Smart contracts and potential application areas

TEXT | Asko Uuras

Firms bear the responsibility of creating benefit to the shareholders in form of profit. Firms that have supply chains have a need to guarantee supply chain excellence and ensure that all actions within the supply chain are completed and obligations are met. A traditional contract is a tool used to coordinate the supply chain by creating incentives between two or more parties to take action and honor obligations (G. Cachon, 2001, pp. 2.)

Smart contracts are computer programs within the blockchain. Programs can execute a variety of transactions from simple to relatively complex transactions. For example, these transactions could involve negotiations, specific rights and obligations (Szabo, 1997; Kolvart et al., 2016; Khan et al., 2021.)

According to Kshetri (2021, pp. 19-20), traditional contracts have three major deficiencies that smart contracts do not possess: lack of transparency, part or all of the application is controlled by a single entity, and lack of trust between the contracting parties. All above mentioned shortcomings can be addressed through blockchain-based smart contracts. Kshetri (2021, pp. 17-19) gives an example about how these flaws were met through smart contracts in rice farming. In this example he concludes that price premium was reached when using blockchain-based smart contract application. This was achieved through more transparent negotiations with clients (Kshetri, 2021, pp. 17-20.)

To fully distinguish the difference between smart and traditional contracts I will add Silas Nzuva’s (2019, pp. 71-73) list of smart contract advantages. He names five advantages that will benefit firms greatly: (i) accuracy, (ii) clear communication and transparency, (iii) speed and efficiency, (iv) security and, most of all, (v) cost reduction. (Nzuva, 2019, pp. 71-73.) While many of these benefits are mentioned elsewhere, cost reduction is obvious but not directly stated in every article and book.

Another example about accessing information is given by Waller et al. (2019, pp. 137). This example relates directly to the transparency challenge cited by Kshetri (2021, pp. 19-20). They write about a situation where one company must have multiple teams working in different locations around the world to ensure contracts with suppliers. Such a company could benefit greatly from smart contracts when employees are able to access to access information in real time and programs that quickly create contracts for them.

Rouhani and Deters (2019, pp. 50771-50775) write about practical applications for smart contracts utilization in six fields: healthcare, business process management, internet of things (IoT), digital identity, record keeping and voting, alongside with supply chain management.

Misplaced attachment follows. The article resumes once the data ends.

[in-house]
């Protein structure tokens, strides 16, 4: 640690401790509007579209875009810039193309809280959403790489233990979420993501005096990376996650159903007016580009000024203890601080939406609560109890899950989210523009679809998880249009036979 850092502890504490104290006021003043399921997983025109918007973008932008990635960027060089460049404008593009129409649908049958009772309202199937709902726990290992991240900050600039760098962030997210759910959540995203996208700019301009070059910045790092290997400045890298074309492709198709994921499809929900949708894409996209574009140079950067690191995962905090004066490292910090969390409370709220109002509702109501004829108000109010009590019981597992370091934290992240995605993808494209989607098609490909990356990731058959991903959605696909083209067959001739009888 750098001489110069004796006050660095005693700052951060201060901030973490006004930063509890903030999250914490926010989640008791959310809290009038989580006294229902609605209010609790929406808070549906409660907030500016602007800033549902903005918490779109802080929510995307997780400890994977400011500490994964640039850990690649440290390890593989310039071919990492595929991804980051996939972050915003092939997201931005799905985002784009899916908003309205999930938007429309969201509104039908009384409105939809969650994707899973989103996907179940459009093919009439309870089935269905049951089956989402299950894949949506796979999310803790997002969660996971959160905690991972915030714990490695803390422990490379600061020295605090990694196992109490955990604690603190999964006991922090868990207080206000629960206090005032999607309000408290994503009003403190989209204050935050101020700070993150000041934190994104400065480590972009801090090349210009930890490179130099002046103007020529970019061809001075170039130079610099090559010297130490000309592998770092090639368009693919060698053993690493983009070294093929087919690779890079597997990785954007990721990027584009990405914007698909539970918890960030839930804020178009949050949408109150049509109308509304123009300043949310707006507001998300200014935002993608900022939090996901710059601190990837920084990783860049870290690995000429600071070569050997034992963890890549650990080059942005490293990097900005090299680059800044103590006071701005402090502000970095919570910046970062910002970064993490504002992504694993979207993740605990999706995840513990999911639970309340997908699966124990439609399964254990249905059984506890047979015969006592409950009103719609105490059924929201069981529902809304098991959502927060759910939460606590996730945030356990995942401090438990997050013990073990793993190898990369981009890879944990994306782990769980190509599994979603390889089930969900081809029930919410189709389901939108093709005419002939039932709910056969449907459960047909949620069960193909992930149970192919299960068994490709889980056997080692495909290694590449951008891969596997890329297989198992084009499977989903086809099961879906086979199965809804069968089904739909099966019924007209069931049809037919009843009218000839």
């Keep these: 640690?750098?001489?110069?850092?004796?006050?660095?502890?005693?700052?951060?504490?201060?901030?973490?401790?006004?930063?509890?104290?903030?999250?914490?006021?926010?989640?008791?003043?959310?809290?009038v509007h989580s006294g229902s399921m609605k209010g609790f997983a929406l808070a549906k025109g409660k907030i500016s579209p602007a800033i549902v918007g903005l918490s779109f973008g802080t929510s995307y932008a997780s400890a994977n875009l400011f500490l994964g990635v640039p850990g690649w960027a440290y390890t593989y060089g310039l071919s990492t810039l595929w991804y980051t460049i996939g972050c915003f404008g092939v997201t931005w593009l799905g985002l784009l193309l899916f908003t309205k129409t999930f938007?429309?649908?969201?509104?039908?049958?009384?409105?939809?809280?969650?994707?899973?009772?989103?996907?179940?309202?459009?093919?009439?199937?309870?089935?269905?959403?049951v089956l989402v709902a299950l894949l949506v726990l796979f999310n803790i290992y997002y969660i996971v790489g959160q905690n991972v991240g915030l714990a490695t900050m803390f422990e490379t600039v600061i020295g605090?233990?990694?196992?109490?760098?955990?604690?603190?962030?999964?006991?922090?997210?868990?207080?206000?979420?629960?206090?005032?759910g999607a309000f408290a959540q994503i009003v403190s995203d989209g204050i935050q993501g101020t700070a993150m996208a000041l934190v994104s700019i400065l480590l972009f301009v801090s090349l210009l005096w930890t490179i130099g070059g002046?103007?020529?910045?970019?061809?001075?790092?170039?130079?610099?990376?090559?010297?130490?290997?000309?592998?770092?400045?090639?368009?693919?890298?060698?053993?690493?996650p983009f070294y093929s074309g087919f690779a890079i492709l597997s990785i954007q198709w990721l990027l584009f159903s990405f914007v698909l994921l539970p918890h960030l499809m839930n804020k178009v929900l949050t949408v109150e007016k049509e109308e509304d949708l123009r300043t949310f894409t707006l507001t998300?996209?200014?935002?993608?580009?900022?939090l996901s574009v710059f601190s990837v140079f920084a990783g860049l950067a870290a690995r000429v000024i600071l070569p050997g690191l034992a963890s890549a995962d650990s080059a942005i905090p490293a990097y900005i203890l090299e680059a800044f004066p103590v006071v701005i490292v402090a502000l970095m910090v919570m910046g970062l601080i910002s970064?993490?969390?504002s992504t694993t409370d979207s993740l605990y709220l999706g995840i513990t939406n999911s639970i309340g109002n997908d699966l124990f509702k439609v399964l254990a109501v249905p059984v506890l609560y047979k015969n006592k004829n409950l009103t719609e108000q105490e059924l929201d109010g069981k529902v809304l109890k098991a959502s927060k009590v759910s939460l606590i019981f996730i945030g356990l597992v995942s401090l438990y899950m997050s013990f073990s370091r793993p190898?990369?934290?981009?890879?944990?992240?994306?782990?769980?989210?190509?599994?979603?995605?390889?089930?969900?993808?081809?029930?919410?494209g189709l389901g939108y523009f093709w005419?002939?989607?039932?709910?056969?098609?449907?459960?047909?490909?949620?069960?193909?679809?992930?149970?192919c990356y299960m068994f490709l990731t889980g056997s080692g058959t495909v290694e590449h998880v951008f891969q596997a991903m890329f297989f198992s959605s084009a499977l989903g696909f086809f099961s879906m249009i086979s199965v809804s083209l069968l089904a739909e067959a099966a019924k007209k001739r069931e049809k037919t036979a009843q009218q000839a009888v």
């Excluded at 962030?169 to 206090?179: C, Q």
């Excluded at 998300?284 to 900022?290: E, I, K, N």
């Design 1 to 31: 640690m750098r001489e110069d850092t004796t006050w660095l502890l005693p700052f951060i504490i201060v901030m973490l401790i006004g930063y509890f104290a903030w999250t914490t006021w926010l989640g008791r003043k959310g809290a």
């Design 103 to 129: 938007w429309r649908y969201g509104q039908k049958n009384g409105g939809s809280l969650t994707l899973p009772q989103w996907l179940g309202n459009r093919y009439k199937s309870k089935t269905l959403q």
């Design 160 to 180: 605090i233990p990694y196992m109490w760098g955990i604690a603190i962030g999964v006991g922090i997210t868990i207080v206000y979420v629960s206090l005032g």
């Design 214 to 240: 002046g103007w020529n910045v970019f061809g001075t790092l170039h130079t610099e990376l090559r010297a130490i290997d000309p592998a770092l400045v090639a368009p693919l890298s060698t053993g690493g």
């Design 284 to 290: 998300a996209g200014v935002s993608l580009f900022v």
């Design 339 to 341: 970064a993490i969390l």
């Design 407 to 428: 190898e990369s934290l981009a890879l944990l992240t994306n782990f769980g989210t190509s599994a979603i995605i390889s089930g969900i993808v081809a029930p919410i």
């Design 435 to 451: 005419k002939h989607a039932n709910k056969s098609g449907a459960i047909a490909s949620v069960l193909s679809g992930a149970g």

In the healthcare sector, one example for how smart contracts can be used is remote patient monitoring (Griggs et al., 2018, pp. 130). Pintado et al. (2017, pp. 5) demonstrate on their study at University of Tartu how business processes such as loan assessment processes could be implemented within Caterpillar firm. Fernandez-Carames and Fraga-
Lamas (2018, pp. 32983) studied how smart contracts and blockchain in general could be implemented for IoT devices. IoT devices are a one way to gather data for blockchains and programs like smart contracts (Subramanian et al., 2020, pp. 2). Buccafurri et al. (2019, pp. 4-6) propose to associate digital identities with smart contracts on Ethereum- based blockchain and they have implemented this on practical level in their paper. When it comes to record keeping blockchain and smart contracts are built for it. One practical implementation suggestion is found from construction industry. There Building information modeling (BIM) gives smart contracts the data it needs to prove when e.g. payments are due or which work phases have been done. This helps especially with subcontractor coordination (Shojaei, 2019, pp. 523-524.) Voting is mentioned one of the last implementations by Rouhani and Deters (2019, pp. 50774). Their example bases on study executed by McCorry et al. (2017, pp. 357-375) where they presented privacy-pre- serving board-room voting system using smart contracts.

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